Posts Tagged ‘marijuana’
by stuartbramhall in Sustainability
(This is the first of three posts about the Industrial Hemp Farming Act Bill sponsored by Texas congressman and Republican presidential candidate Ron Paul.)
For nearly four decades, industrial hemp advocates have extolled the virtues of hemp (cannabis sativa, variety sativa), a plant whose cultivation is still banned in the US, thanks to its scandalous distant cousin, cannabis sativa, variety indica. The latter is the source of the illicit drug marijuana. The former produces good quality fiber and has a tetrahydrocannabinol (THC – the psychoactive ingredient in marijuana) concentration of 1% or less. The latter produces negligible usable fiber and has a THC concentration of 4-20%.
Hemp happens to be one of the most versatile plants known to man. Hemp fiber is used in the production of paper, textiles, rope, sails, clothing, plastics, insulation, dry wall, fiber board and other construction materials; while hempseed oil is used as a lubricant and base for paints and varnishes, as well as in cooking and beauty products. The hemp plant, a “bioaccumulator,” is also used in phytoremediation. This is a process that uses living plants to remove nuclear contaminants and toxic chemicals from soil. Massive hemp fields were planted in the Ukraine following the 1986 Chernobyl disaster, to soak up radionucleotides (http://www.hemp.net/news/9901/06/hemp_eats_chernobyl_waste.html).
I recently became interested in the importance of hemp in green technology following the relocation from Ashville North Carolina to New Plymouth (New Zealand) of Hemp Technologies (www.hemp-technologies.com), a construction company that produces low cost, energy efficient hemp homes and construction materials. Up until the 1990s, interest in industrial hemp was limited to the movement seeking to legalize marijuana. However growing public concern about the need to urgently reduce fossil fuel use (both to reduce carbon emissions and to conserve dwindling reserves) has given industrial hemp a major shot in the arm. Because hemp cultivation is still illegal in the US (except for the Pine Ridge Reservation and small “research” plots), the US is the world’s largest importer of hemp (http://www.naihc.org/hemp_information/content/hemp.mj.html). Ironically they import most of it from the their main economic rival, China, which is also the world’s largest producer. This is yet another example of how communities, small businesses and states are leaving behind a short sighted, corporate controlled federal government and forging ahead to save their communities and the planet from economic and ecological collapse.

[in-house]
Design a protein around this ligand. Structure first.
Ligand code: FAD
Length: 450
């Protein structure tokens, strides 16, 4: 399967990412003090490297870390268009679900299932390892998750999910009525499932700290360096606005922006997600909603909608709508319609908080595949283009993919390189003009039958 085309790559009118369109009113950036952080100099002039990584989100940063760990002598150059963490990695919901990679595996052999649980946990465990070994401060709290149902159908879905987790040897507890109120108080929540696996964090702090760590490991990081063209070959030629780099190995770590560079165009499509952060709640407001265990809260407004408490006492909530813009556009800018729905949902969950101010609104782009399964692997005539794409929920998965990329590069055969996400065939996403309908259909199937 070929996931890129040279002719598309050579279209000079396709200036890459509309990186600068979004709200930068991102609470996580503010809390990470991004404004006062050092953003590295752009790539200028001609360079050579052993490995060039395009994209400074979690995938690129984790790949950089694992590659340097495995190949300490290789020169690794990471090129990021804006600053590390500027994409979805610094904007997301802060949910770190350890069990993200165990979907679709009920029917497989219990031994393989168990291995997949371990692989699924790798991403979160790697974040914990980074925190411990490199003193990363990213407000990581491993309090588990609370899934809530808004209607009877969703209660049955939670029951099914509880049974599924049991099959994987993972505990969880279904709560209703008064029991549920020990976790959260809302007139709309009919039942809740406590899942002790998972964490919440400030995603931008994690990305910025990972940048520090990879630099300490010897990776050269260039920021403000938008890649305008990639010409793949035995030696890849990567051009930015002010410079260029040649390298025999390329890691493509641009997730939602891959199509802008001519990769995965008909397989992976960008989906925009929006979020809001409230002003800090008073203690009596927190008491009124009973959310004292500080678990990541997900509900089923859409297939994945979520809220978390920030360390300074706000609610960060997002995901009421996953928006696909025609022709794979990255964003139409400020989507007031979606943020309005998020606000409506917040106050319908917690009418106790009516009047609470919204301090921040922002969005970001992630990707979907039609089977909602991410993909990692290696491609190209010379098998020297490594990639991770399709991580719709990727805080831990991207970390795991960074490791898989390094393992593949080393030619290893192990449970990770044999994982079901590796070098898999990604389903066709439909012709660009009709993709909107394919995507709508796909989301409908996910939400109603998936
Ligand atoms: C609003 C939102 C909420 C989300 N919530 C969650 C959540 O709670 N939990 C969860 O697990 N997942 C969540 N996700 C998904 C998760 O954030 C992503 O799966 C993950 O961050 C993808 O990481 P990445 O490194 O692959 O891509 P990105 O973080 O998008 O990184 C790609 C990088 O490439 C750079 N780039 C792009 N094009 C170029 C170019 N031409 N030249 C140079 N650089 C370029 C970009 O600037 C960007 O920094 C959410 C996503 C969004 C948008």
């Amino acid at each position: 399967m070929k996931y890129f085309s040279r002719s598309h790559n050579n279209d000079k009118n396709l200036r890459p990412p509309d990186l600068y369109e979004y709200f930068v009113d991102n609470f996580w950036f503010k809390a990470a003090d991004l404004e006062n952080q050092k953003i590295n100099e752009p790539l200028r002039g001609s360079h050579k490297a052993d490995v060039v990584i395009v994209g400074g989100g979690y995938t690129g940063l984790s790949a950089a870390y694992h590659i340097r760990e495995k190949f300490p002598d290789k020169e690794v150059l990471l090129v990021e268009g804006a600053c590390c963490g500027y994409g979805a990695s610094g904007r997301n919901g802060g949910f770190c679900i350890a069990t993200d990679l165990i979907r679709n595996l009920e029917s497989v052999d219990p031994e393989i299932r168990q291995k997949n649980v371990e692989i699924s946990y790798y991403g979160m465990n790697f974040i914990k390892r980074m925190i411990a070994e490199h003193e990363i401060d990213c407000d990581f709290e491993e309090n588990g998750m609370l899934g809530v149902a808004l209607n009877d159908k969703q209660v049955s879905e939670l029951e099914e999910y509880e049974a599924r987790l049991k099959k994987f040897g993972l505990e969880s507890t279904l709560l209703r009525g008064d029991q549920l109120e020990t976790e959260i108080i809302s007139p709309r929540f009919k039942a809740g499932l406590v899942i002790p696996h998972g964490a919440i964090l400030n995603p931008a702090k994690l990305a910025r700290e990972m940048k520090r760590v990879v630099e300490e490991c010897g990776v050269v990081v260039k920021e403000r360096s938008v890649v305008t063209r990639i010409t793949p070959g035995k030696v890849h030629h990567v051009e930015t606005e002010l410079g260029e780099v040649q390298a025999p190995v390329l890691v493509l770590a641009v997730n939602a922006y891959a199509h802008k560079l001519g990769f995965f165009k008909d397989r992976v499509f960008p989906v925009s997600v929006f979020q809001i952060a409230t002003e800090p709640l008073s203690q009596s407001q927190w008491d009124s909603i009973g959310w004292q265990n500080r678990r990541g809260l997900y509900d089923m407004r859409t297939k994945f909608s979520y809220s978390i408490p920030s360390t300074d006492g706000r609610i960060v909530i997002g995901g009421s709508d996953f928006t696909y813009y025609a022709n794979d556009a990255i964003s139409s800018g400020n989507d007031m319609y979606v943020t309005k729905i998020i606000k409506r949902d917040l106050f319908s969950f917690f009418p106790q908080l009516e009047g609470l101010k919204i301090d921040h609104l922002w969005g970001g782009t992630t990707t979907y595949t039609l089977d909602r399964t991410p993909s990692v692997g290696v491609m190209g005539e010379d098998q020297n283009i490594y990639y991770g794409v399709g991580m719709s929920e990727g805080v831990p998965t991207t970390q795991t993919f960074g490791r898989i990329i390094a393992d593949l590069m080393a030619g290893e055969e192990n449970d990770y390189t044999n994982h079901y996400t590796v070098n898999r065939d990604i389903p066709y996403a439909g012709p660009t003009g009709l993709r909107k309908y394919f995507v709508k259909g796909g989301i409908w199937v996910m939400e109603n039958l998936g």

The Fiber Modern Synthetics Replaced
The use of hemp dates back to 10,000 BC in Taiwan (http://www.hemphasis.net/History/history.htm). In fact hemp-based paper, textiles, rope, construction materials and even plastics are the tried and true low tech alternative to modern synthetics that consume large quantities of fossil fuel during manufacture. Prior to the industrial revolution, the vast majority of textiles, clothing, canvas (the Dutch word for cannabis), rope and paper was made of hemp. It was only with the industrial revolution and the proliferation of machinery run on cheap fossil fuels that more sophisticated alternatives, such as cotton, wood-based paper, and eventually petroleum based plastics became cheaper alternatives. Prior to the invention of the cotton gin in the 1820s, 80% of the world’s textiles, fabrics, and clothing were made of hemp. By 1883, hemp was still the primary source of 75% of the world’s paper. Prior to the crippling hemp tax the US government passed in 1937, most bank notes and archival papers were made of hemp (owing to its greater durability) and most paints and varnishes were made from hempseed oil.
Hemp has always been such a vital community resource that a long series of laws, dating back to Henry VIII (1535) required farmers to grow hemp or be fined. In 1619 Jamestown Virginia enacted a law requiring residents to plant hemp. Massachusetts and Connecticut passed similar laws in 1631 and 1632. Betsy Ross’s flag was made of hemp. The Declaration and Independence and Emancipation Proclamation are printed on it.
Using Hemp to Control and Reduce CO2